Topics » In The Kitchen » Healthy Plant-Based Meat Substitutes
T. Colin Campbell Center for Nutrition Studies

New meat substitutes are appearing on grocery store shelves all the time, and many may be healthier than their animal-based counterparts. But are they actually good for you? And if not, what should you eat instead? You might love a good burger, hot dog, or pepperoni pizza, but the vegan versions of these classic animal-based foods are usually high in fat, salt, and other unhealthy processed ingredients. The good news is, it’s not that difficult to make healthier versions of the meat alternatives on the market. The following list has some of my favorite meat alternatives and descriptions for how I like to use them.


Tofu has been around for over 2,500 years. It is a great meat substitute because of its versatility: you can press it, crumble it, marinate it, and bake it into many dishes. I make Oven Fried Tofu more than almost any other dish because it reminds me of my mom’s fried chicken. I sometimes add barbecue sauce to it when it comes out of the oven, or I cook it in any number of dishes that call for a lightly breaded chicken. While my tofu doesn’t look like Mom’s fried chicken (fine by me), it has that delicious fried flavor without the oil.

Soy Curls

Soy curls are my latest obsession. I had heard about them for a few years from friends, but I was not convinced. I assumed they were probably not much better for you than TVP, a highly processed version of soy protein. But when a good friend who is also plant-based told me that she ate them regularly and loves them, I thought I better give them a try. Turns out I was wrong!

Soy curls are made from cooked whole soybeans that are dehydrated and textured without added chemicals (unlike TVP). To prepare soy curls, you rehydrate them, squeeze out the excess liquid, and then marinate them or cook them in whatever recipe you want. They have a very chewy texture and are high in fiber, even more so than tofu. They have a very neutral flavor and little aftertaste, so they adapt well to any number of dishes. I like to dredge them in a mixture of almond meal, nutritional yeast, and garlic—like I do with Oven Fried Tofu—and bake them. They develop a nice crust with a texture similar to fried clams. In fact, I recently ate them dipped in cocktail sauce, and they were delicious! You can also grind them coarsely in the food processor until they resemble a dried hamburger texture, rehydrate them, and use them like you would ground meat for tacos, sloppy Joes, etc.

The thing I love about soy curls is that you buy them dehydrated, which means they keep well, so you can always have some on hand, and they only take 10 minutes to rehydrate. The downside is that they are not as widely available in stores as tofu, but I buy a six-pack online and then have them whenever I want.


Tempeh is a soy product made by fermenting soybeans and pressing them into cakes. It often includes grains, like rice or millet, and other beans. It originated in Indonesia but has gained international popularity because its texture is similar to ground meat. It is also considered one of the more highly digestible soy foods. I make tacos, sloppy Joes, and sausage crumbles with it, but it can have a bitter aftertaste, so it is usually steamed and cooked with strongly flavored marinades. Tempeh, like tofu, is readily available in most grocery stores.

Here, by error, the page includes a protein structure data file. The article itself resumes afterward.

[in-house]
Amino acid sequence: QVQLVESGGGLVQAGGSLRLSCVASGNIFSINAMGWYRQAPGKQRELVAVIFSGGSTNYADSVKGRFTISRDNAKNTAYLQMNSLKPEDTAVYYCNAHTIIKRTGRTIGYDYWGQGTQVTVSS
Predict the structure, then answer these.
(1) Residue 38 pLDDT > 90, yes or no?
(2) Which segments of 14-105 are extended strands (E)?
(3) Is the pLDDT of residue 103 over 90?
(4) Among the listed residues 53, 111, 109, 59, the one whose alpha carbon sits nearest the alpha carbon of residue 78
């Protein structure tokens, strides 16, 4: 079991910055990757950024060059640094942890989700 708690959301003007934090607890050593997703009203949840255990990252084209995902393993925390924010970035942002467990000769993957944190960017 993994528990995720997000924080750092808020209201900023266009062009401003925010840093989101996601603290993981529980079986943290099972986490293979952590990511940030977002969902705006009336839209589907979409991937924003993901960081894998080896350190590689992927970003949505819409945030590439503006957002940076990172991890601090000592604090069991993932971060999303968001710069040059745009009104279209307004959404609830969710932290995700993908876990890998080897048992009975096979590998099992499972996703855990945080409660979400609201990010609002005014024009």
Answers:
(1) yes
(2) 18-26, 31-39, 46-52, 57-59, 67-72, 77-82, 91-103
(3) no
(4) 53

Jackfruit quickly became one of my favorite plant-based meat substitutes. It takes on the flavor of whatever seasoning you add to it, and even though it has a meaty texture, it is practically fat-free. It makes great “shredded beef,” it is perfect in a pot pie, and you can use it in plant-based recipes for pulled pork or chicken salad. You can buy it fresh, though it can be challenging to process; I usually buy organic young jackfruit canned and keep some in the pantry.

Beans and Legumes

The first whole food, plant-based burgers I ever had were made with black beans or lentils. It was the eighties, after all—there weren’t as many meat substitutes as today, and we didn’t spend as much energy making vegetables look and taste like meat. Bean burgers are still common on restaurant menus, and chefs are getting more creative with making them “meatier.” One of my favorite restaurants makes a delicious flame-grilled bean and rice burger. Here is my version of that delicious burger.


Many grains make good meat substitutes. Depending on what you use, some will resemble meat more than others. I like to use coarse grain bulgur to make burgers, mixing it with beans and spices, but my favorite grain for “meat” dishes is millet. I love it because it is inexpensive and readily available in most grocery stores. It’s also full of fiber, vitamins, and minerals, and when you cook it a certain way, it binds well with itself. Seasoned, shaped into a loaf, and baked, it makes an awesome meatloaf, but you can also crumble it after baking it and make it into sloppy Joes. I also make it into meatballs and sausage crumbles for pizza.


I can’t finish this article without mentioning some of the amazing things you can do with vegetables to replace meat. Carrot Dogs are a popular replacement for traditional hotdogs, and though I was skeptical at first, I found that with the right seasoning, they can be really good.
Eggplant Bacon is another dish I was reluctant to try when I first heard about it. But once again, I was surprised at how much I liked it.

If you want to learn more about cooking with some of these amazing foods, join us in CNS Kitchens. We offer Live Weekly Cooking Classes, share recipes, talk about our favorite whole food, plant-based dishes, and support each other on our journeys to better health.

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